1

I have bash script that have input commands.

echo "Enter the id: " 
read id

I'd like to know if there's a way I can limit the character can I input in the for id. I mean example he can only enter 5 characters for id.

is that possible?

Thank you.

3

So with bash there are (at least) two options.

The first is read -n 5. This may sound like it meets your needs. From the man page

-n nchars
       read  returns after reading nchars characters rather than
       waiting for a complete line of input, but honor a  delim-
       iter  if fewer than nchars characters are read before the
       delimiter.

BUT there's a gotcha here. If the user types abcde then the read completes without them needing to press RETURN. This limits the results to 5 characters, but may not be a good user experience. People are used to pressing RETURN.

The second method is just to test the length of the input and complain if it's too long. We use the fact that ${#id} is the length of the string.

This results in a pretty standard loop.

ok=0

while [ $ok = 0 ]
do
  echo "Enter the id: " 
  read id
  if [ ${#id} -gt 5 ]
  then
    echo Too long - 5 characters max
  else
    ok=1
  fi
done

If you want it to be exactly 5 characters then you can change the if test from -gt to -eq.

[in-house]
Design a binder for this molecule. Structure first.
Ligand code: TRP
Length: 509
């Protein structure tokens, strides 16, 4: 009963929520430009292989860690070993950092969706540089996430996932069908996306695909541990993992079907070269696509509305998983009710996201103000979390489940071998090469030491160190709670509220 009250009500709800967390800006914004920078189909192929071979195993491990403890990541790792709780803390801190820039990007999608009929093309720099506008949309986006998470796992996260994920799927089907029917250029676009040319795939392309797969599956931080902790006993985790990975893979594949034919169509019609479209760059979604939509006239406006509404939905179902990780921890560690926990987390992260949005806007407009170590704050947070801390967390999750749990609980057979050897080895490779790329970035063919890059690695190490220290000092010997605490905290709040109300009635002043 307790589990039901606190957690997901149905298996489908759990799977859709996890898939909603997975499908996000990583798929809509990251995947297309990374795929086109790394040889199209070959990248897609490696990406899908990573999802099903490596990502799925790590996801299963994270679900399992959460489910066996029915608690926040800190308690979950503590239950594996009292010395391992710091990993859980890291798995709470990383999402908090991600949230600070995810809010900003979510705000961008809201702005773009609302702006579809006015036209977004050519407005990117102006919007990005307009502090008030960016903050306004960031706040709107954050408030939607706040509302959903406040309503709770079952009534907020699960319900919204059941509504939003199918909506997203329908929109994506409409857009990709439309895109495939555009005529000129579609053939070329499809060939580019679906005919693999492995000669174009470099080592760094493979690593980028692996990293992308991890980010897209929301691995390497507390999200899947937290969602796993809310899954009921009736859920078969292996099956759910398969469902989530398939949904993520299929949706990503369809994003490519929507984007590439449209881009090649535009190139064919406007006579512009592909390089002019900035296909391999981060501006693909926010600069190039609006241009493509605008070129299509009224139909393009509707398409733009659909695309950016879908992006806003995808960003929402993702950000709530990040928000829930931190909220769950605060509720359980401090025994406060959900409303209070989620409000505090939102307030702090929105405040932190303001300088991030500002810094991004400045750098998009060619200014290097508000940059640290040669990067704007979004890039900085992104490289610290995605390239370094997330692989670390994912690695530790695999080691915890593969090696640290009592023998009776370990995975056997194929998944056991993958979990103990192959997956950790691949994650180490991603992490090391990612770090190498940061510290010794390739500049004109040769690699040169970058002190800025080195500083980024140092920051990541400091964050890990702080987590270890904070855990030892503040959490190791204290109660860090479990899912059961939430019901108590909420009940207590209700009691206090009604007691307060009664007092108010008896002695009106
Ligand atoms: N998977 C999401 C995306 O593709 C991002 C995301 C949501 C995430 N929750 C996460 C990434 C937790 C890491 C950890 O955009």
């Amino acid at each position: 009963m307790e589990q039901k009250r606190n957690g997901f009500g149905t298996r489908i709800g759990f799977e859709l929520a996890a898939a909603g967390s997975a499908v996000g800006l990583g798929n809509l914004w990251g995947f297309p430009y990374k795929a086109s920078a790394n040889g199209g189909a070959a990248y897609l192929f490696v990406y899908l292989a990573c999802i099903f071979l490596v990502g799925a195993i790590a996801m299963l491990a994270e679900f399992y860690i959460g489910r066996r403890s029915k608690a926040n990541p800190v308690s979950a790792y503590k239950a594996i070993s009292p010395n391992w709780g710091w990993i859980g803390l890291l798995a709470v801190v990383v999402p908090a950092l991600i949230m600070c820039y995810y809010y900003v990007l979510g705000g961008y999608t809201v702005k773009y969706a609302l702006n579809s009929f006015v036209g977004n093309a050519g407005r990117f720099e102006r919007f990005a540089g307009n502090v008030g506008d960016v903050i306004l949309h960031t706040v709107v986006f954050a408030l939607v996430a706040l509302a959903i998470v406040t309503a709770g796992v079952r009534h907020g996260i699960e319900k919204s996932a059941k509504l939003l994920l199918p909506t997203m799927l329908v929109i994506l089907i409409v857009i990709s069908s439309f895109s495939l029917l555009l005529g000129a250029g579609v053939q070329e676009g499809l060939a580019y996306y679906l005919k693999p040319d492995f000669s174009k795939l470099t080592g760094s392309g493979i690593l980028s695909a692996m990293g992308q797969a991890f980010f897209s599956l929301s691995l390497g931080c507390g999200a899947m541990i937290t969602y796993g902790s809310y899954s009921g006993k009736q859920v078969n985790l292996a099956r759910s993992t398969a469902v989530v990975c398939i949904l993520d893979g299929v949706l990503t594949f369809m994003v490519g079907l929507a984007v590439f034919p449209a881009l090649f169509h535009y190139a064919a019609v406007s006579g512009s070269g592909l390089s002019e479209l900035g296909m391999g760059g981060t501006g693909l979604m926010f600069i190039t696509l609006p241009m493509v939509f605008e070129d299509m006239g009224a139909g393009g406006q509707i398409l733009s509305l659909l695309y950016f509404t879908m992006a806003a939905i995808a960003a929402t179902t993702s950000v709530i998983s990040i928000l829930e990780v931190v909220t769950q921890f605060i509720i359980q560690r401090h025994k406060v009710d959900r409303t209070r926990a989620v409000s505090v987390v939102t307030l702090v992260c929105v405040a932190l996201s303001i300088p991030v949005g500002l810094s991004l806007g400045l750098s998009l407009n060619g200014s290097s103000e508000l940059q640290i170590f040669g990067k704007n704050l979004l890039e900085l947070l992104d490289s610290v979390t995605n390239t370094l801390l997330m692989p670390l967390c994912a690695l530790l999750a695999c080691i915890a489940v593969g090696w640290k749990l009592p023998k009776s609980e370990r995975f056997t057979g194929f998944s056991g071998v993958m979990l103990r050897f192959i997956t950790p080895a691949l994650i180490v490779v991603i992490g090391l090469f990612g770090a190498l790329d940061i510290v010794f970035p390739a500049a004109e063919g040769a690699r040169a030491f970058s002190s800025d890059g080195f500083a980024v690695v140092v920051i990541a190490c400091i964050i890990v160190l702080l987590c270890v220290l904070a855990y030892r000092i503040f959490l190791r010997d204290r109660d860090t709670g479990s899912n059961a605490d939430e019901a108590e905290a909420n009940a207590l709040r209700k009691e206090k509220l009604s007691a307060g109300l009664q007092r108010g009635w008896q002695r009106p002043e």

• Note that the read -d 5 counts the characters (not bytes, and if there are bytes not forming valid characters, you may get unexpected results) before the IFS trimming and after backslash processing. For insance, if you enter <space><space>abcd, it will store abc in $id, and if you enter \a\b\c\d\e, it will store abcde in $id. To avoid IFS trimming and backslash processing, use IFS= read -rn 5 id – Stéphane Chazelas Aug 4 '16 at 8:28
  • Note that zsh has read -k n to read n characters (long before bash), but it's more like ksh93's read -N in that it will not stop at newline. Like for bash's read -n or ksh's read -n/N, if the input is coming from a terminal, the terminal is put out of the canonical mode, so bytes are sent as soon as they are entered, which also means things like backspace or ctrl-u won't work as usual. – Stéphane Chazelas Aug 4 '16 at 8:45

Your Answer

By clicking “Post Your Answer”, you agree to our terms of service, privacy policy and cookie policy

Not the answer you're looking for? Browse other questions tagged or ask your own question.